Our record has done well considering it's limited release. You can listen and download it for free Here. While we may be old, jaded punks that don't feel the need to do all the work for promoters and clubs. We are proud of our art and refuse to let anyone outside the band make the decisions for us. We're not the busiest of bands... But we're okay with that.

James: One of the things that help me to think there is hope for me yet is the fact that you're still skating after all these years? Do you have any favorite spots?

Tony: Skating? Yeah, I love to skate when I have time. My favorite local spot in Sayerville called JFK park. I also love to bowl there.

James: Is there ever a point in the day, week, month or year when Tony "Diesel" takes a break? What's your idea of down time?

Tony: Down time for me is usually well spent. I like to play guitar, garden, go to the beach, a show or simply lay in the hammock out back. Unfortunately I'm too busy to down time these days.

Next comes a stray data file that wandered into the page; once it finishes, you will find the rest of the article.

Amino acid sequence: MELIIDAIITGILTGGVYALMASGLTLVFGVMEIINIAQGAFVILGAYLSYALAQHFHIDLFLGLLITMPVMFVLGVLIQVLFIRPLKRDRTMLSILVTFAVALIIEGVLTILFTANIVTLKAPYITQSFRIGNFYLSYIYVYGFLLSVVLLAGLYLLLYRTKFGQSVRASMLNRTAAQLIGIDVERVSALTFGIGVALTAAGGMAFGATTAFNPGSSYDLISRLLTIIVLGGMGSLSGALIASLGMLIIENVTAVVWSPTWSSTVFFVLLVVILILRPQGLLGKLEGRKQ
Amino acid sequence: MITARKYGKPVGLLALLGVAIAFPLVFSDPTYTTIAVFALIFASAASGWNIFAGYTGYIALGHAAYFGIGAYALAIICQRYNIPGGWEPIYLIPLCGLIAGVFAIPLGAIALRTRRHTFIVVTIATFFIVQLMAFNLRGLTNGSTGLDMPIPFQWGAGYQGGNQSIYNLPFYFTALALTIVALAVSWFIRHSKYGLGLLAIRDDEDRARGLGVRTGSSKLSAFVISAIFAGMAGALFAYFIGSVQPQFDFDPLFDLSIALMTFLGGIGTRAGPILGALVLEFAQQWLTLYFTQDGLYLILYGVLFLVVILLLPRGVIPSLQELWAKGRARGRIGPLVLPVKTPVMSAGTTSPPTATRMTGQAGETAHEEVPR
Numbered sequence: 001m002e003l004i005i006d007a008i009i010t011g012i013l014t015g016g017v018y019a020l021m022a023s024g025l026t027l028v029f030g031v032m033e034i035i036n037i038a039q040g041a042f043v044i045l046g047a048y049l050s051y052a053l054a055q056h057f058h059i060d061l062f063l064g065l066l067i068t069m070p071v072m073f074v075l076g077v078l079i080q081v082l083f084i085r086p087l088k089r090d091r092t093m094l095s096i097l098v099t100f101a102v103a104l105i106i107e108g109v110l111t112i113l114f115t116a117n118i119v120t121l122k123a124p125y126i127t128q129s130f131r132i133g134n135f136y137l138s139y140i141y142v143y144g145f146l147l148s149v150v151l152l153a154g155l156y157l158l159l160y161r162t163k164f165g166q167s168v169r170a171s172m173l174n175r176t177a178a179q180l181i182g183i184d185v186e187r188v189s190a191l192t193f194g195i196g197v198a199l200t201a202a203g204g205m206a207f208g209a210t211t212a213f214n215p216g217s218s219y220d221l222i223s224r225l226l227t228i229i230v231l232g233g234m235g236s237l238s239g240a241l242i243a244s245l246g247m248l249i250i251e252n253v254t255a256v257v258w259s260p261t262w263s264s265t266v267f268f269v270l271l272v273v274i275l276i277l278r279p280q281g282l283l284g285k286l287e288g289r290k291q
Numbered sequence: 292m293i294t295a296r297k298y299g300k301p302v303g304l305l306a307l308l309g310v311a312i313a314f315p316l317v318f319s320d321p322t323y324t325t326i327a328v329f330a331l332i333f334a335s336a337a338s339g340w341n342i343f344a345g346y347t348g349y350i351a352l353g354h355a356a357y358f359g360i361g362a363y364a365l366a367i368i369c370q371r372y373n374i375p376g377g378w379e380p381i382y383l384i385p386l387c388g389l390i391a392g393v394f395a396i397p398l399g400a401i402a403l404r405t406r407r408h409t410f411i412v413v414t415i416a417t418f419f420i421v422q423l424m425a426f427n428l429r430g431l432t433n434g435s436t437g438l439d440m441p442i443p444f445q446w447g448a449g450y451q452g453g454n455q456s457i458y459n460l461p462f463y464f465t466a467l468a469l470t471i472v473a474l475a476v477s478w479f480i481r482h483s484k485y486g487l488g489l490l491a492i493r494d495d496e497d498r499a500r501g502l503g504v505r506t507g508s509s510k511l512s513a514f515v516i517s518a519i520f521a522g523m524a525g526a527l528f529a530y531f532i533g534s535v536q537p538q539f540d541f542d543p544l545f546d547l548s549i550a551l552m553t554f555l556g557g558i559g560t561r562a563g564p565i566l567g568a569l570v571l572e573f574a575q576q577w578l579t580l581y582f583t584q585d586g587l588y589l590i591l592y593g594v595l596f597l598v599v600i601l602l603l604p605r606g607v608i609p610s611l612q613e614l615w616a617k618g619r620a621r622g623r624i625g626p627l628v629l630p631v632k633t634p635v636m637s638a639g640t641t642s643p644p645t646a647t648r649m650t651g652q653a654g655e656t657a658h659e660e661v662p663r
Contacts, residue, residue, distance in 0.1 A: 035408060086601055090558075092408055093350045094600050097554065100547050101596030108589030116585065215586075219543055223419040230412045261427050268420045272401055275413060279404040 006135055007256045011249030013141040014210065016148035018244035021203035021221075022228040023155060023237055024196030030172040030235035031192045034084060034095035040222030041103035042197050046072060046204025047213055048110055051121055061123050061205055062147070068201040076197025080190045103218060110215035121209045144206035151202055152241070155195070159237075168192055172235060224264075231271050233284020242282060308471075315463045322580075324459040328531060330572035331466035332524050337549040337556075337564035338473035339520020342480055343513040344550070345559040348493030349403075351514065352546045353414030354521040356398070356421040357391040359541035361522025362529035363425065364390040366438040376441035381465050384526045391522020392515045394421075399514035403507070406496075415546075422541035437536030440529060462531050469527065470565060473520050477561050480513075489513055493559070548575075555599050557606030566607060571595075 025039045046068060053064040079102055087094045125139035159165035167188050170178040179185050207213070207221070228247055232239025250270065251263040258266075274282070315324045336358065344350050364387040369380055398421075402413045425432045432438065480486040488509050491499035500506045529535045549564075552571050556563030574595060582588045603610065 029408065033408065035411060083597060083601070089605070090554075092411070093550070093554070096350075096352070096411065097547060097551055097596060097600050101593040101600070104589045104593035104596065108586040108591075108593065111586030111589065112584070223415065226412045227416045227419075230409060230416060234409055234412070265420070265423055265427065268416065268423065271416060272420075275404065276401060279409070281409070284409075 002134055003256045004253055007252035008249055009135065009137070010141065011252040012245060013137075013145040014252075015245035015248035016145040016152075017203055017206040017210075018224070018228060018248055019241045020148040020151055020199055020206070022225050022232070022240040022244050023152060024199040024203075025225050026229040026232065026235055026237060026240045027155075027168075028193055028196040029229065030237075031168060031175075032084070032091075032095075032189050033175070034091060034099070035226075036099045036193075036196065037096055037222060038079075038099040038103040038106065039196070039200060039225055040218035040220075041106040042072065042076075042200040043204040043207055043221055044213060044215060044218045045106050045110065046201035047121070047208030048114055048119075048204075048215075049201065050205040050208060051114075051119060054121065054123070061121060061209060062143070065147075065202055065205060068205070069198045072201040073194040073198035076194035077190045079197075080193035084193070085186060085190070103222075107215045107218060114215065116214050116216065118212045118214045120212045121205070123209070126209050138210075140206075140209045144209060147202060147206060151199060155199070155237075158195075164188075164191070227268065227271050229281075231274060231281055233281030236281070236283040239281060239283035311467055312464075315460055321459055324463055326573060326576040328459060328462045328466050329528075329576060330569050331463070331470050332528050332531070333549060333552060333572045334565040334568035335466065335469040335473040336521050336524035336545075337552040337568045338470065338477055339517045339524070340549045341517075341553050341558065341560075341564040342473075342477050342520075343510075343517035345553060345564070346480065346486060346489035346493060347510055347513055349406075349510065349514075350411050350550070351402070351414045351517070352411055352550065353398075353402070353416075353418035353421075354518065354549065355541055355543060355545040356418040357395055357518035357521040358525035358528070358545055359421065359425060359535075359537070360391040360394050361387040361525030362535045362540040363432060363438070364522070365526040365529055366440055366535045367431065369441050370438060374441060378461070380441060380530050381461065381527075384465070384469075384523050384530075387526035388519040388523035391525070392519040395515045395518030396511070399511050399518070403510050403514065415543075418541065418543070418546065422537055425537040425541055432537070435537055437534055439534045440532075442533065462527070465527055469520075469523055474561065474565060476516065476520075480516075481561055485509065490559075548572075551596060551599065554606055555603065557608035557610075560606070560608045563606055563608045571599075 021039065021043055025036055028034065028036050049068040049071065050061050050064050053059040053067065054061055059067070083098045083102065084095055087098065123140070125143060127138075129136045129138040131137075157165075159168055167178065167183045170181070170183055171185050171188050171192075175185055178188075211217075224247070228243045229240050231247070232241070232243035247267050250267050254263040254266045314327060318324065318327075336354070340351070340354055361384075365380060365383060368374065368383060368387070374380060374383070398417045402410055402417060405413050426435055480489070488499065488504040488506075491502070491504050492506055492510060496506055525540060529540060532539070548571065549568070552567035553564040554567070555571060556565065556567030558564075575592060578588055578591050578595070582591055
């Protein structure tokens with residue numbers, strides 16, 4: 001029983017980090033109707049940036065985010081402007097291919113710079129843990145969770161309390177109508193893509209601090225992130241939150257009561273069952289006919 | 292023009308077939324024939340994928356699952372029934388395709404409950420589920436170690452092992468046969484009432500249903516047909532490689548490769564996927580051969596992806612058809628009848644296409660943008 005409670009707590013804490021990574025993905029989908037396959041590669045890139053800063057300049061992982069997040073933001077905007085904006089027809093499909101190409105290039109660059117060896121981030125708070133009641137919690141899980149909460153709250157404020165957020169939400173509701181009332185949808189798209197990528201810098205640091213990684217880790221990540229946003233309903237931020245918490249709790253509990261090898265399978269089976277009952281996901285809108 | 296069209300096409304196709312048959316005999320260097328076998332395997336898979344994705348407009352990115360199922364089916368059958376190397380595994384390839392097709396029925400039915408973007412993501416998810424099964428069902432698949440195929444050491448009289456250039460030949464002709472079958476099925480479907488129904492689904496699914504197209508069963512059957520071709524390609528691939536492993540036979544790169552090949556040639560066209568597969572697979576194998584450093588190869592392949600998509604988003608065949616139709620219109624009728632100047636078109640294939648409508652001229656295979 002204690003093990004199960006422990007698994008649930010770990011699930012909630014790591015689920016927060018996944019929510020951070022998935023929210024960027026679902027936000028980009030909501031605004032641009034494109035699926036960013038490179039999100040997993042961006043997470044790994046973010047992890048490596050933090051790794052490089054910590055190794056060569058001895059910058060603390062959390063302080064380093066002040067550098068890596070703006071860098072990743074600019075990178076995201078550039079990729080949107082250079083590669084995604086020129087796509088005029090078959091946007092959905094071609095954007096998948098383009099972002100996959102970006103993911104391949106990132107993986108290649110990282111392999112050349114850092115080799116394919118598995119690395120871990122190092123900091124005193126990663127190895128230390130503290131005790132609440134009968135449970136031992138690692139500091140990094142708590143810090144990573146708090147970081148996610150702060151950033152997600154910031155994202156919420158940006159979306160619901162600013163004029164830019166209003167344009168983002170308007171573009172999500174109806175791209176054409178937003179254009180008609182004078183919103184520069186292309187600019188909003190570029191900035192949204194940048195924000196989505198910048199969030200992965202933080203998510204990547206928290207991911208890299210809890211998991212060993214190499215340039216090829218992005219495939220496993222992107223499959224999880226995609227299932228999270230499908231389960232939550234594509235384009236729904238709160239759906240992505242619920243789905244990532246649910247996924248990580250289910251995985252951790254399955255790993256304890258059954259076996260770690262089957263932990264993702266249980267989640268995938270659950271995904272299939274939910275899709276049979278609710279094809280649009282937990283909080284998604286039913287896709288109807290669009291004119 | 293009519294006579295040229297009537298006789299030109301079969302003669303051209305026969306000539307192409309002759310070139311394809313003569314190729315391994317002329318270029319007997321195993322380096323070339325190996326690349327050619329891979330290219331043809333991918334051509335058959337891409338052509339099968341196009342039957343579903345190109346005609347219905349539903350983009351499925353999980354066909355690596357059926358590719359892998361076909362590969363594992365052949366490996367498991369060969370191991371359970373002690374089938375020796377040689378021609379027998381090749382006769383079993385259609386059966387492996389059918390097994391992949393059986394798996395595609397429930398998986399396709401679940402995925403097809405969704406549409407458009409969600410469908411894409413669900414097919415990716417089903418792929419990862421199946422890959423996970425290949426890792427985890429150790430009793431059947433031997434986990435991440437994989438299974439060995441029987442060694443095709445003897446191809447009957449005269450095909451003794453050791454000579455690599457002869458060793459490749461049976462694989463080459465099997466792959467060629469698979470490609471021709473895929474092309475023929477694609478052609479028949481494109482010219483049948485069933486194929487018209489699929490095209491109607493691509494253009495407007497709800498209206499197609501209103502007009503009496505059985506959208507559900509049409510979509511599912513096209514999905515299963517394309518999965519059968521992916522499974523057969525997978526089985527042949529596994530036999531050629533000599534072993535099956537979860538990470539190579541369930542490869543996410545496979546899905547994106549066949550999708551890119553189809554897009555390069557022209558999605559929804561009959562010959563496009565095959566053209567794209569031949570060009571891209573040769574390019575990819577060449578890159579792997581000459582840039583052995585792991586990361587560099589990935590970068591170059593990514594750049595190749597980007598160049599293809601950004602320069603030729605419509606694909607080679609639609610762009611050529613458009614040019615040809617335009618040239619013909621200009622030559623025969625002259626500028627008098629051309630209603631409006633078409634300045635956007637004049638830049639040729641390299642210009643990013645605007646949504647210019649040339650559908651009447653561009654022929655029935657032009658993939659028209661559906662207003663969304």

The Extras Inc.
Sir Dove

Monday, August 19, 2013

When it Counts, Archie Alone and One Fell Swoop Highlight a night of Local and Touring Bands at Montclair's Meatlocker

Not wanting to wait around I got to the Meatlocker at about 10:30, thus missing the opening band, whose name escapes me. As I entered the room local favorites Archie Alone were just launching into their set. If you're familiar with the blog and have read my show reviews Here, and Here or my review of their EP Here you'll know fully well how much I enjoy this Essex County band. Each time I've seen them perform live they've kind of upped that level with their all out performances. Nicole Mesce's passionate vocals and emotional delivery are nothing short of amazing. You can't help but feel the honesty and unflinching emotion of the music as she leaves everything on the dance floor. Add to that the incendiary guitar work of Cindy Ward  ....and an unrelenting rhythm section that lurks only inches away in the foreground and you have what is, without a doubt, one of New Jersey's rising powerhouses. The more familiar I get with their songs the better prepared I am when those notes, riffs and rhythms are just about to explode.
Archie Alone  Bandcamp